Author: M. Samples

What is it?

Mediation is an out of court process. You and your spouse meet with a neutral, third-party mediator who will help you explore your goals, fears, concerns, and ultimately help you both create an agreement that can be drafted and filed with the court. Many offices who offer mediation can also draft and file the documents for you. However, you are welcome to seek outside help for those services as well (i.e. having an outside attorney draft the documents, or drafting them on your own). Mediation tends to be a faster and cheaper process than litigating through the court system, and it allows you and your spouse to make the final decisions regarding your family rather than a judge. It’s important to remember that mediators must remain completely neutral- they cannot give either party legal advice. They can tell you what you could do, but not what you should do. It is recommended, though not required, to consult with an attorney during the mediation process or at least before signing any final agreements. 

How to know if it’s a good option for you: Mediation is a great option for families who want to maintain privacy and control in their legal proceedings. This is a process option that can be used for many different family law matters- not just divorce. In order for mediation to be successful, it is essential that both parties be willing and able to participate. It is most effective for couples who have maintained lines of communication and are capable of communicating in a (somewhat) constructive manner without outside help. This communication between yourselves is not expected to be perfect or constantly positive. However, if you are completely unable to communicate with one another, it is likely to make communication during mediation sessions very difficult as well. Your mediator is there to help you both communicate, but you have to give them something to work with. Mediation requires a lot of give and take from both parties, and both parties need to be prepared to make certain sacrifices. If your partner is extremely hard to communicate with, completely set in their opinions of how the divorce proceedings should go, and unwilling to listen to your ideas and opinions- mediation may not be the best option for you. Mediation is also not a good option in situations of significant or prolonged physical and/or emotional abuse.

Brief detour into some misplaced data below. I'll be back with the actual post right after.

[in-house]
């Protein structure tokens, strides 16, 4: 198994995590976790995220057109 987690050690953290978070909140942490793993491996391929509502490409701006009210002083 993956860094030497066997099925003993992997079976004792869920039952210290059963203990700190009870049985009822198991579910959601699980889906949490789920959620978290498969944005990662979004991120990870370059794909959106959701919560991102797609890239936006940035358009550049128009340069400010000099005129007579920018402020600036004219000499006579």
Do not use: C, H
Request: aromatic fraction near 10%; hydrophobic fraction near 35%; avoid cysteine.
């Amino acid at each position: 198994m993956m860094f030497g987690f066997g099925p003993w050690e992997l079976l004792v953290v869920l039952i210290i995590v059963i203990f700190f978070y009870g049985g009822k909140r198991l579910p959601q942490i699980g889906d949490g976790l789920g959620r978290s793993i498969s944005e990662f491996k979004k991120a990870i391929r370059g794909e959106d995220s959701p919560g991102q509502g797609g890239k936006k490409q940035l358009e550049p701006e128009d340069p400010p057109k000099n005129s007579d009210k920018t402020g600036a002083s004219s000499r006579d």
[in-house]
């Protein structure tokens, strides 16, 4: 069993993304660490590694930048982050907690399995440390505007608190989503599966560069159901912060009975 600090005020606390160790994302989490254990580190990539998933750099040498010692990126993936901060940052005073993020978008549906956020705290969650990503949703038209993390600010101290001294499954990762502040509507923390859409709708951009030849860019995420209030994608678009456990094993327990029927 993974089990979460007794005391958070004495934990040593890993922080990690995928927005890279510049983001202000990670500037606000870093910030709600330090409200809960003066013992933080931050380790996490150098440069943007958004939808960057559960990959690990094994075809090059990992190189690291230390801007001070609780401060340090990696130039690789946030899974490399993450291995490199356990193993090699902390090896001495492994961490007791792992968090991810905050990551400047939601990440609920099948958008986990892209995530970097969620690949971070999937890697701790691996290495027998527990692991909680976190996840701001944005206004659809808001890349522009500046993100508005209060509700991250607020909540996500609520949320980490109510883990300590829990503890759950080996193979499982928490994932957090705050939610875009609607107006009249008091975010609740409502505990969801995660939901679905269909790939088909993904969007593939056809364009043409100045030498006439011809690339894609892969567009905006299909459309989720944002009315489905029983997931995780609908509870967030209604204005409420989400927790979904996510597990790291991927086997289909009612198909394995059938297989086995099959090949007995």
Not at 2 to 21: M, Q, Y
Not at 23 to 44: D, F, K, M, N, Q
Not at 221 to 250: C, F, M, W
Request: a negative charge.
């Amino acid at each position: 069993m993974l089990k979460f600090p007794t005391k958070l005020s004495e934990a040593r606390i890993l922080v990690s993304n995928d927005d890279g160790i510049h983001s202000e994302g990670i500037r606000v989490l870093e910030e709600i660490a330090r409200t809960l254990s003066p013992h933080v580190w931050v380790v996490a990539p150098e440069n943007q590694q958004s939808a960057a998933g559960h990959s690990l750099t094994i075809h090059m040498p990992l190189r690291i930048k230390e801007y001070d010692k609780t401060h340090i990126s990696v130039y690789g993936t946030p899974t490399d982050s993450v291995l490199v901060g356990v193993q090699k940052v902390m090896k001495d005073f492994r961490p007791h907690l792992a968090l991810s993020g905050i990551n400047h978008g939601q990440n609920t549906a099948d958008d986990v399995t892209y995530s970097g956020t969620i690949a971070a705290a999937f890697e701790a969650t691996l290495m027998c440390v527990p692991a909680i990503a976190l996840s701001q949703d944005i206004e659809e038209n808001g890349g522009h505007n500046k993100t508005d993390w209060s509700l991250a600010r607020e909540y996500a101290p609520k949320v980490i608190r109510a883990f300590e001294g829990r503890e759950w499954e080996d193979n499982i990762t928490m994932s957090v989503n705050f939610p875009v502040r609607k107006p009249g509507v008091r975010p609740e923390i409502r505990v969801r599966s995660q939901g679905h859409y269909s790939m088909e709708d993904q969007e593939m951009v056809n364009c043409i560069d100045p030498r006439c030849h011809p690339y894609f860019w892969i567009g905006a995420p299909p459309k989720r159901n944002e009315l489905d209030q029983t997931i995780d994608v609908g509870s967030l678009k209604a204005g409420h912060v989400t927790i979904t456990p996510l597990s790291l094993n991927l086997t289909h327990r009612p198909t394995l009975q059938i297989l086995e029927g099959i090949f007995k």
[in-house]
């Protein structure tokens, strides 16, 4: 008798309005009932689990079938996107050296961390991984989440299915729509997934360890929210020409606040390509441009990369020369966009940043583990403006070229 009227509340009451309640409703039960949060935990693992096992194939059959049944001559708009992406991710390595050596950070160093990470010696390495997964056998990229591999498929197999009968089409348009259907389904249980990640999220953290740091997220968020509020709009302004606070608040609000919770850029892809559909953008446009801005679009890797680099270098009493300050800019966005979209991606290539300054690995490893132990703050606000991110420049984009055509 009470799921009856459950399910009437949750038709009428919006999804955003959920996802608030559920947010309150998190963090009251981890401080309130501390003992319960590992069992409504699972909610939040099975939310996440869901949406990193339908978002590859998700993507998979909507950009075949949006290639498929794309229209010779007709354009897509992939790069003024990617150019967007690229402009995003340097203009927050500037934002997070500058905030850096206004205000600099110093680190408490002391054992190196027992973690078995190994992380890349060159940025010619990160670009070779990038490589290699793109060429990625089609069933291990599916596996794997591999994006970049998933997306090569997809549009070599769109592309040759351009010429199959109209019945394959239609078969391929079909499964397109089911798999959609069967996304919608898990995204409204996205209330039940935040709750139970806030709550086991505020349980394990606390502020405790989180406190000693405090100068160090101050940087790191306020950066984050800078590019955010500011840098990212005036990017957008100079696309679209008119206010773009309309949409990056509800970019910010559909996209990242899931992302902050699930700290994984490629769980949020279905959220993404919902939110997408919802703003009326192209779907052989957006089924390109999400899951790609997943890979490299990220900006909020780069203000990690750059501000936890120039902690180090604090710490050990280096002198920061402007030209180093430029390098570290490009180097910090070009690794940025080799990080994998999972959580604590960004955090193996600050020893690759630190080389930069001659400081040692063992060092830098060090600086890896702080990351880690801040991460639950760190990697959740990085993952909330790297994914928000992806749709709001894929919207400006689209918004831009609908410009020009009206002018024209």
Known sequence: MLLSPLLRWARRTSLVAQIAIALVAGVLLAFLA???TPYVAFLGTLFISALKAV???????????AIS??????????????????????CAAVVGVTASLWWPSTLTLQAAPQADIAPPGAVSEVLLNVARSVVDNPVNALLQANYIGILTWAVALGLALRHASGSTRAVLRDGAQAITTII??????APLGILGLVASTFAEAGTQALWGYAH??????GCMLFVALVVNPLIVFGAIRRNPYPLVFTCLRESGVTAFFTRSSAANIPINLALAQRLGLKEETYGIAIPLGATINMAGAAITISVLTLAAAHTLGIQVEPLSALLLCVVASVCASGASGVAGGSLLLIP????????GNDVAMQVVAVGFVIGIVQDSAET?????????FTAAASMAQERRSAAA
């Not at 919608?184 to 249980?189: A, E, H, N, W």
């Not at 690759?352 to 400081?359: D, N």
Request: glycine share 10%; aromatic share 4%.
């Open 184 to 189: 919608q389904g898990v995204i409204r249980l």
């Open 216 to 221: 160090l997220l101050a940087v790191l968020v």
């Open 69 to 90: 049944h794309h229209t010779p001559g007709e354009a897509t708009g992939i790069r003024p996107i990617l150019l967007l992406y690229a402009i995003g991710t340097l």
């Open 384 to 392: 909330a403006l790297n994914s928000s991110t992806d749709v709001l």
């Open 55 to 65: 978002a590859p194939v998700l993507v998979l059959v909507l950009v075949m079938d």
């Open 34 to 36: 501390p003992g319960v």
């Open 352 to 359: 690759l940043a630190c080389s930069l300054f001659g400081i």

If you are interested in mediation and would like to discuss the option with our staff, please don’t hesitate to give us a call!